World powers restart negotiations with Iran to salvage the 2015 Joint Comprehensive Plan of Action (JCPOA) in Austria today, where tensions are high and expectations low.
By Erin Viner
Few expect a breakthrough as the Islamic Republic continues to advance atomic activities in an apparent scheme that change of ‘facts on the ground’ will present leverage against the West as time to resurrect the pact runs short, say diplomats.
Tehran has been openly violating curbs designed to prevent the development of nuclear weapons since then-President Donald Trump withdrew the US from the deal in 2018. The new administration of President Joe Biden has rejoined the remaining parties – Britain, China, France, Germany and Russia in an effort return both Washington and Tehran to the pact. But six rounds of indirect talks that began in April came to a halt after the election of hardline Iranian President Ebrahim Raisi in June.
The new negotiating team selected under the Raisi regime has already made demands considered unrealistic by the US and European teams, such as the removal of all American and European sanctions imposed since 2017 – including those unrelated to its nuclear program.
The Islamic Republic has simultaneously ramped up centrifuge production and uranium enrichment while denying access to a key facility by International Atomic Energy Agency monitoring teams and physically harassing female inspectors.
“They are doing enough technically so they can change their basic relationship with the West to be able to have a more equal dialogue in the future,” commented a Western diplomat involved in the talks cited by Reuters, while 2 European diplomats charged that Iran ‘is simply playing for time to accumulate more nuclear material and expertise.’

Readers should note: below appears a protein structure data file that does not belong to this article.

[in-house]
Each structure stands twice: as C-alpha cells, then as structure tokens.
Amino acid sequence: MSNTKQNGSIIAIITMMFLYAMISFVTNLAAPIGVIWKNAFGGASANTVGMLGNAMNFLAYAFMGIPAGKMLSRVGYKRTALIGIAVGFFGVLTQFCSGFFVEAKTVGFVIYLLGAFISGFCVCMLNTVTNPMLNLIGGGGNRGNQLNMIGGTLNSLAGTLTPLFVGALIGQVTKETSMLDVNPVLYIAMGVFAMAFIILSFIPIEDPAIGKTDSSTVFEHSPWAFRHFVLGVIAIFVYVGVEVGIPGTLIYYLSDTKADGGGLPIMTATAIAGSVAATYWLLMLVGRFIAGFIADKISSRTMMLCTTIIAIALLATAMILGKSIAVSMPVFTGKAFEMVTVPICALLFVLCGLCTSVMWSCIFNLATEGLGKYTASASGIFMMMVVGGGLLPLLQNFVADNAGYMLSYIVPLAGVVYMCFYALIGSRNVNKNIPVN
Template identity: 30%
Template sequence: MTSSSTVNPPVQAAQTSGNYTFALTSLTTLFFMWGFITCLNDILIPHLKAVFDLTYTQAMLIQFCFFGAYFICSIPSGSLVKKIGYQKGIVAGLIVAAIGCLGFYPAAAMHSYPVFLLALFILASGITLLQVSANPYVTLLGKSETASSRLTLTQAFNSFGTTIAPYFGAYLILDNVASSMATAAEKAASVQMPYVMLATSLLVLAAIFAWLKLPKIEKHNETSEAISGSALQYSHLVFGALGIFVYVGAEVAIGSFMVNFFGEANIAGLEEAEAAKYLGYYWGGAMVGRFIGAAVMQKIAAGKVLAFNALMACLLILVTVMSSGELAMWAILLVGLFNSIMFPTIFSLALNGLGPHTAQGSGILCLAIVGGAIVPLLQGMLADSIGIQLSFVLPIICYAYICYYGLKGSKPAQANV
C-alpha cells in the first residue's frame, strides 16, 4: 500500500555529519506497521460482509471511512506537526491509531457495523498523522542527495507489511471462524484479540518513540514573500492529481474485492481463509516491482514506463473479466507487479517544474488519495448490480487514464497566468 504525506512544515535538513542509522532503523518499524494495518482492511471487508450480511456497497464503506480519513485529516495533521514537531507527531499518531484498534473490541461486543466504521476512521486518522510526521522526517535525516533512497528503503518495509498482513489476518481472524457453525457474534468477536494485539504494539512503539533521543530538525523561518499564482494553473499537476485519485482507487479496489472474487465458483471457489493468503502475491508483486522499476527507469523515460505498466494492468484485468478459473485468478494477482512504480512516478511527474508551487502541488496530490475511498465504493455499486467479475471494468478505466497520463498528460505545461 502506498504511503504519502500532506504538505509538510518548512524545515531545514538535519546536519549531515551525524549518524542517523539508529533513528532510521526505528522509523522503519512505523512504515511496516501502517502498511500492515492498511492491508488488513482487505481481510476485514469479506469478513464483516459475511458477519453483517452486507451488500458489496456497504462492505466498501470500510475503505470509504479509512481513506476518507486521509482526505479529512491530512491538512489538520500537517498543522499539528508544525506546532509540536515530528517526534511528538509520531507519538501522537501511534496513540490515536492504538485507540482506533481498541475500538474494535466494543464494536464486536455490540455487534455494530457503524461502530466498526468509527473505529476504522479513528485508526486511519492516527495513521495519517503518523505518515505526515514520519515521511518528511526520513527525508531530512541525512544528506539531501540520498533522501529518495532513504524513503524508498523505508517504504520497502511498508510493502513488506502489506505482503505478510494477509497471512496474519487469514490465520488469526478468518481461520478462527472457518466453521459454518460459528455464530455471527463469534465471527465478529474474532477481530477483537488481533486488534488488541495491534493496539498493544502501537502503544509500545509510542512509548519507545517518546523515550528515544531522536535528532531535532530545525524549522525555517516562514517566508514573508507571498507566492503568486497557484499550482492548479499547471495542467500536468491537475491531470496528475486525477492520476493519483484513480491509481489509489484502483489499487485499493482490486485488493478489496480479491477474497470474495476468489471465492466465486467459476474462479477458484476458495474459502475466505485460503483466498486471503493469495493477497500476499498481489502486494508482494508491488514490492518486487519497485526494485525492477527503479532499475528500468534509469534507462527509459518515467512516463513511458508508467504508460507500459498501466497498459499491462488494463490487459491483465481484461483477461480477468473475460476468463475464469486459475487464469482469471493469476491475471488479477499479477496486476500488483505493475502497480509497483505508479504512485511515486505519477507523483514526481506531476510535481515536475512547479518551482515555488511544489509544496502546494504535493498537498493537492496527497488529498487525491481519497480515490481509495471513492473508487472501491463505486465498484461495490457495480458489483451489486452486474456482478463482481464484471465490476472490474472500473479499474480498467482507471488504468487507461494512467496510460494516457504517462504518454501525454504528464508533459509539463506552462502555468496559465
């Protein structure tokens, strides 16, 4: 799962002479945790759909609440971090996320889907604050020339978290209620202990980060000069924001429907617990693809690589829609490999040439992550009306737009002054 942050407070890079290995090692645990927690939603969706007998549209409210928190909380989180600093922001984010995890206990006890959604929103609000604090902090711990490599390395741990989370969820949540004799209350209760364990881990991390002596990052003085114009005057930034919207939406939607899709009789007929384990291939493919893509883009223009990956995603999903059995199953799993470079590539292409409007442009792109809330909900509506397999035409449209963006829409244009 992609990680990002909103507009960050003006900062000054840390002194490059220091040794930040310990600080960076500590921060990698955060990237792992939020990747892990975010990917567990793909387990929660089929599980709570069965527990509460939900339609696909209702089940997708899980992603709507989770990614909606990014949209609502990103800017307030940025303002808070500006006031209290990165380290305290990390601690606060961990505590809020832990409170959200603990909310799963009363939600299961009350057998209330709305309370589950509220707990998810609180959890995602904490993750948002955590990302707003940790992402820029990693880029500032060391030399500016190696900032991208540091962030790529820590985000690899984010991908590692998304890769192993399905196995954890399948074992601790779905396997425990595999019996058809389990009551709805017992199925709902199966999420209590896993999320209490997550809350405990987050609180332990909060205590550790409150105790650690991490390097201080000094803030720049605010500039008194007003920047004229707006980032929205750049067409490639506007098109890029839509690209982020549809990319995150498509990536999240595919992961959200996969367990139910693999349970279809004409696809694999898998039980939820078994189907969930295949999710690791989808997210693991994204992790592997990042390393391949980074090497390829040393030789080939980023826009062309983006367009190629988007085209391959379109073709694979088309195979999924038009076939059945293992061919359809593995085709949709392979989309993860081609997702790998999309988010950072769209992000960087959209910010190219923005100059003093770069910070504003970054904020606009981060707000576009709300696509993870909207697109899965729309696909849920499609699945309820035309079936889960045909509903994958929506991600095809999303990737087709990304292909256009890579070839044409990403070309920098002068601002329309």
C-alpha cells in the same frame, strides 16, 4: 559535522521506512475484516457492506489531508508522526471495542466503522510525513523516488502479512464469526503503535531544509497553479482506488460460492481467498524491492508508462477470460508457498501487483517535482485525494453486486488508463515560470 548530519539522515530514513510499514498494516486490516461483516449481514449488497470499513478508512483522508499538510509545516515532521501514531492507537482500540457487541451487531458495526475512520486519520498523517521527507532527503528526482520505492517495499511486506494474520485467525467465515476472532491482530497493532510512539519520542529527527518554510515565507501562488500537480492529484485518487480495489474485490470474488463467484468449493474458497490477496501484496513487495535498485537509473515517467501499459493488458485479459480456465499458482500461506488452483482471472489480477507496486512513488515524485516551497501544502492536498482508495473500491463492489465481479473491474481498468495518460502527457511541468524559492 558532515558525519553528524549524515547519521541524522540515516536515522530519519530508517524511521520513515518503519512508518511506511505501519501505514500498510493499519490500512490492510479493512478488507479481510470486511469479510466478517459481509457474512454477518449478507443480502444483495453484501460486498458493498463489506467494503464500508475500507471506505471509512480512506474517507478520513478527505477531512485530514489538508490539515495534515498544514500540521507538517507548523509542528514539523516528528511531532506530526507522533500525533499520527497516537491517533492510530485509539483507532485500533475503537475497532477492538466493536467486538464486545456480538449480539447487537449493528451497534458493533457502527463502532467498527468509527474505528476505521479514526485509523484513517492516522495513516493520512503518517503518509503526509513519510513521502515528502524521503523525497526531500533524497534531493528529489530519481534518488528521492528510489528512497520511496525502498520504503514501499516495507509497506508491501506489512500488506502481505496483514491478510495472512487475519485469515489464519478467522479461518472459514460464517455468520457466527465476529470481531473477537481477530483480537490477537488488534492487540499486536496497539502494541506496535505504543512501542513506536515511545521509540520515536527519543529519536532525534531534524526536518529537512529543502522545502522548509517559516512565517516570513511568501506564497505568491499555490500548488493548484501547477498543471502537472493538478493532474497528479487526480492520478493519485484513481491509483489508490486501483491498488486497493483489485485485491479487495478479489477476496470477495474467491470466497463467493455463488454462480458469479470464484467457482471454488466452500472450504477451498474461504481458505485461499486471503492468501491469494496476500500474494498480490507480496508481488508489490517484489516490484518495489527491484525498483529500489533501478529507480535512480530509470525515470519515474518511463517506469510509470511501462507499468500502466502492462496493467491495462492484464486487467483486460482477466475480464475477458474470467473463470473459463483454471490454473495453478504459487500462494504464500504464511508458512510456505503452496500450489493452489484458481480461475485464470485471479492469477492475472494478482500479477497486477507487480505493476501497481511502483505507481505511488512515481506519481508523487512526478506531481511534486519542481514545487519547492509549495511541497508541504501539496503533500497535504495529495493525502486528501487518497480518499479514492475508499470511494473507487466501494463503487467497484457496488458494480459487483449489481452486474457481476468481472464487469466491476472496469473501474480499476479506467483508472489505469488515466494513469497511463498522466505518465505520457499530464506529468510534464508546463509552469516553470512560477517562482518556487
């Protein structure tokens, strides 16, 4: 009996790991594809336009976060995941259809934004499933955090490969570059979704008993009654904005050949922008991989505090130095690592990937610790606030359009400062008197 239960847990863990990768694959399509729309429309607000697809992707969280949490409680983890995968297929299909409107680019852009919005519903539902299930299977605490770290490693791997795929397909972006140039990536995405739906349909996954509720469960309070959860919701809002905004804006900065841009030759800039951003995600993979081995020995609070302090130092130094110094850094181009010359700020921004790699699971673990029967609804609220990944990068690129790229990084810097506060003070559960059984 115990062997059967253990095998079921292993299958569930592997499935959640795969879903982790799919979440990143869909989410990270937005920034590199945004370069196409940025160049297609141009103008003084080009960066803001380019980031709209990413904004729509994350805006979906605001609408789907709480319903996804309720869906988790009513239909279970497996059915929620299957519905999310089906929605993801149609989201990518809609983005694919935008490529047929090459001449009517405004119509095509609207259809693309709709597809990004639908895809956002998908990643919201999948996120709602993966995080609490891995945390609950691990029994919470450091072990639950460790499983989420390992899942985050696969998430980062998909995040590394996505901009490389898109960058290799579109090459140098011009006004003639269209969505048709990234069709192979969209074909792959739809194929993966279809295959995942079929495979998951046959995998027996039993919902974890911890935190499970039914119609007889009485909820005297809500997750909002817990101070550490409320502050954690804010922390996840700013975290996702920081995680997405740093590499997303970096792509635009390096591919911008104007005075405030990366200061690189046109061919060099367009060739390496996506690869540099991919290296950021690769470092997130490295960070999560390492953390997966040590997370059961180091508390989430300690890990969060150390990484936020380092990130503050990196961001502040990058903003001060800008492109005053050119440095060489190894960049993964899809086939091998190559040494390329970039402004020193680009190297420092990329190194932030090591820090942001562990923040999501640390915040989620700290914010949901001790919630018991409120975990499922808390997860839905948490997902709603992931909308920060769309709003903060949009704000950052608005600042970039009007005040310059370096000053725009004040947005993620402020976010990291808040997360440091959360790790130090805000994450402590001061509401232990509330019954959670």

Western diplomats have insisted that today’s talks resume where they left off, warning that they will have to quickly review their options if Iran pushes its maximalist positions and fails to restore its cooperation with the IAEA.
This, as Iran‘s top negotiator and foreign minister both defiantly repeated on Friday that the only topic the Islamic Republic is willing to discuss is the across the board lifting of the punitive economic measures.
“If this is the position that Iran continues to hold on Monday, then I don’t see a negotiated solution,” said one of the European diplomats.
It is widely believed that Iran may be only 4 to 6 weeks away from the “breakout time” needed to amass sufficient fissile material to produce a single nuclear bomb, although some diplomats told Reuters that it would likely take another 2 years to be able to ‘weaponize it.’
One possible resolution Washington may pursue is ‘an open-ended interim accord’ if the talks in Vienna fail to achieve a permanent deal, although there is yet no sign this would be accepted by Iran.
“Israel is very worried about the readiness to remove the sanctions and to allow a flow of billions (of dollars) to Iran in exchange for unsatisfactory restrictions in the nuclear realm,” Prime Minister Naftali Bennett told his cabinet in televised remarks, adding, “This is the message that we are relaying in every manner, whether to the Americans or to the other countries negotiating with Iran.”
US and Israeli officials have reportedly discussed a so-called “Plan B” involving military action to prevent Tehran from acquiring nuclear weapons, following the announcement from IDF Chief of Staff Lt. Gen. Aviv Kochavi hat Israel has stepped up possible strike plans.
“Today, Iran will be arriving at negotiations in Vienna with a clear goal: To end sanctions in exchange for almost nothing. Iran won’t just keep its nuclear program; from today, they’ll be getting paid for it,” said Bennett in a videotaped message to world leaders today, emphasizing, “Iran doesn’t hide its intentions. Just a couple of days ago, the senior command of Iran’s Armed Forces declared, and I quote, “We will not back off from the annihilation of Israel, not even one millimeter.”
“Such a murderous regime should not be rewarded. Despite Iran’s violations and undermining of the nuclear inspections, Iran will be arriving at the negotiation table in Vienna, and there are those who think they deserve to have their sanctions removed and hundreds of billions of dollars poured right into their rotten regime. They’re wrong,” he said.
The Israeli leader concluded, saying, “Iran deserves no rewards, no bargain deals and no sanctions relief in return for their brutality. I call upon our allies around the world: Do not give in to Iran’s nuclear blackmail.”